Onceagain: a broadening artistic presence in Second Life

Onceagain Gallery, October 2022

It’s been barely a Kwarting¹ since I was last at Onceagain Art Gallery curated by Onceagain (Manoji Yachvili), with my last visit being to witness the B&W Group Exhibit (see: Onceagain with black and white in Second Life); and while a month is traditionally said to be a long time in politics, the same is very much true in Second Life. This is because in the time since my last visit the gallery has been relocated from the sky to the ground, and Manoji, and has expanded, its facilities.

Now located on the ground level of its home parcel within the Peaceful Mountains region, the Gallery comprises a number of halls and buildings separated by landscaped gardens. At the time of my visit, parts of the the gallery were still in development. However, this is to be expected because, as Manoji notes herself, she is always tweaking things and making adjustments (and in fact note that the Gallery might be closed on Mondays so that she can do so in peace) – but there is more than enough to occupy the eye even should some elements of the gallery’s lands be under development.

Onceagain Gallery, October, 2022

This being the case, the new facilities,  which opened on October 16th, 2022, comprise:

  • The Main Gallery, alongside of which is the primary landing point for the Gallery spaces as whole (although the landing point is not enforced so that all remaining gallery spaces can have their own LP). The Main Gallery provides an ensemble exhibition of art.
  • The Private Collection, which as the name suggests, features art from Manoji’s personal collection.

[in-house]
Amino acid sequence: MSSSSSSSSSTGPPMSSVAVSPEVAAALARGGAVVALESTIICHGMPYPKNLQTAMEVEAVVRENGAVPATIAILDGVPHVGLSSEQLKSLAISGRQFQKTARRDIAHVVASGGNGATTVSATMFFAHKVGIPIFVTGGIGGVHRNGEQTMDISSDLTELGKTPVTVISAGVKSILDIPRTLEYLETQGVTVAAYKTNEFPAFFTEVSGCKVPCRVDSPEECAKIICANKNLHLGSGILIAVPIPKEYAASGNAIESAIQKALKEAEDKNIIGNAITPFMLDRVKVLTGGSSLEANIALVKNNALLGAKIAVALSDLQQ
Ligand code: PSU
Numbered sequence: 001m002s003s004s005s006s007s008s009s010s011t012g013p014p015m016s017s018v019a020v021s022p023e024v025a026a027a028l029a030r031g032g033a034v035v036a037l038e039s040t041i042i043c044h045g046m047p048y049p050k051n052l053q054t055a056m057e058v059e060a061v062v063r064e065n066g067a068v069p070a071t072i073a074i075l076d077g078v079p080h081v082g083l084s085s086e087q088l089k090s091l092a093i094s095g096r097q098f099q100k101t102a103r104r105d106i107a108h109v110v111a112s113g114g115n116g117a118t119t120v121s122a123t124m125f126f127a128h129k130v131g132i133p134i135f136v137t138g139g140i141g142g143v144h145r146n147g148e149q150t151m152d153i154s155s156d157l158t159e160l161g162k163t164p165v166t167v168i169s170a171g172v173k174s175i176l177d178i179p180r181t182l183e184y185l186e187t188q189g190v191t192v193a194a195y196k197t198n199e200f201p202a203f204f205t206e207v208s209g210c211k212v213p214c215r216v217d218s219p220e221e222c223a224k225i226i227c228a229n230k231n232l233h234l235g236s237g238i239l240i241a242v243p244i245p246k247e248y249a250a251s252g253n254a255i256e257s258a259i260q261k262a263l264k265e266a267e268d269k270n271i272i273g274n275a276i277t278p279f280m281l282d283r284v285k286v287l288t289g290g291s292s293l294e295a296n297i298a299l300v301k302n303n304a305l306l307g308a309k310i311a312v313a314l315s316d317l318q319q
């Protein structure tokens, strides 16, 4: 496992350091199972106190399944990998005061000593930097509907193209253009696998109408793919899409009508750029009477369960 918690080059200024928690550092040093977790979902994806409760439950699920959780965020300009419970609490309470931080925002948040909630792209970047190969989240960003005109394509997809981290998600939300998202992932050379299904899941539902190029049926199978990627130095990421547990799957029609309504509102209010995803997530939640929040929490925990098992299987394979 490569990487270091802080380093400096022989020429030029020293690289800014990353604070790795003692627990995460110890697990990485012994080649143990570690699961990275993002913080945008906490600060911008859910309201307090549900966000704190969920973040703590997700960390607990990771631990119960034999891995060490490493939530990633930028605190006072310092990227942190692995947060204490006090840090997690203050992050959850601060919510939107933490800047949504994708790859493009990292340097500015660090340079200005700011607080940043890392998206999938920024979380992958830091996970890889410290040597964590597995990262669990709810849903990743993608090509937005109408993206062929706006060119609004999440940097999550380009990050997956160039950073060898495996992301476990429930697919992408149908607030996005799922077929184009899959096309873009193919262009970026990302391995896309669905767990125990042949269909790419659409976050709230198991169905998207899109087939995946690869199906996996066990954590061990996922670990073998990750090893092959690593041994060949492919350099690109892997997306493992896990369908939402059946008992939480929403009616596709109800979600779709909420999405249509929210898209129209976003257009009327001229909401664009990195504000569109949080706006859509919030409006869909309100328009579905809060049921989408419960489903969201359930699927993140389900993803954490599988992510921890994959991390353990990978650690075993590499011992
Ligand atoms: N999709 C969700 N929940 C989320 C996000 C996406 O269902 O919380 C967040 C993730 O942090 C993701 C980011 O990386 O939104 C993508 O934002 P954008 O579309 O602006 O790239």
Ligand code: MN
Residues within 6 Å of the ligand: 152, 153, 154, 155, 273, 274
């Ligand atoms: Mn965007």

• The Personal Exhibition Gallery, featuring Manoji’s own work, which appeared to be under construction at the time of my visit.
  • A “Free to Rent” gallery, which was again under construction at the time of my visit, but once available, will be available subject to guidelines offered through a dedicated note card.
  • The Artist of the Month gallery, presenting the featured artist invited to display within the Gallery’s spaces – if I am understanding Manoji’s notes correctly, may be presented in one of a number of gallery space designs, as selected by Manoji after viewing the artist’s work.
Onceagain Gallery, October 2022

In addition to the above, at the time of my visit, the north side of the parcel was marked as Under Construction both for what I took to the Personal Exhibition gallery noted above, and to what appear to be three further boutique style gallery spaces and a little caravan park.

Between and around the buildings, the setting has been landscaped as a garden space, high granite cliffs forming privacy walls along two sides, and from which water falls, some of it to feed a stream burbling and bubbling its way through the land. A good portion of the garden has been constructed using Alex Bader’s always popular Zen Garden Building Kit, with the more open lawns being home to 3D art elements again from Manoji’s own collection, whilst towards the centre of the gardens sits what appears to be an office-come-bookshop / quiet spot.

For October, the guest artist is Kika Yongho who, along with Manoji, presents a light-hearted selection of images entitled I only have eyes for the Flamingo. Kika’s images are located on the upper level of the gallery (alongside the landing point), and clicking each piece will supply a note card offering something of a story to go with the image. Four further flamingo-centric images by Manoji can be found on the lower floor of the gallery.

Onceagain Gallery: Kika Yongho –  I only have eyes for the Flamingo

Those wishing to have their art displayed at Onceagain as a featured artist should contact Manoji directly for information on how to do so – with information also being supplied via note card to those using the main landing point.

SLurl Details

  1. Kwartang (n.). A unit of measure for time in British politics named for Kwasi Kwartang, the former Chancellor of the Exchequer. It is roughly equivalent to three times the American political unit of measure, the Scaramucci – itself some 11 days in length. (Yes, folks, a touch of political humour to go with the time, if utterly divorced from the focus of this article.)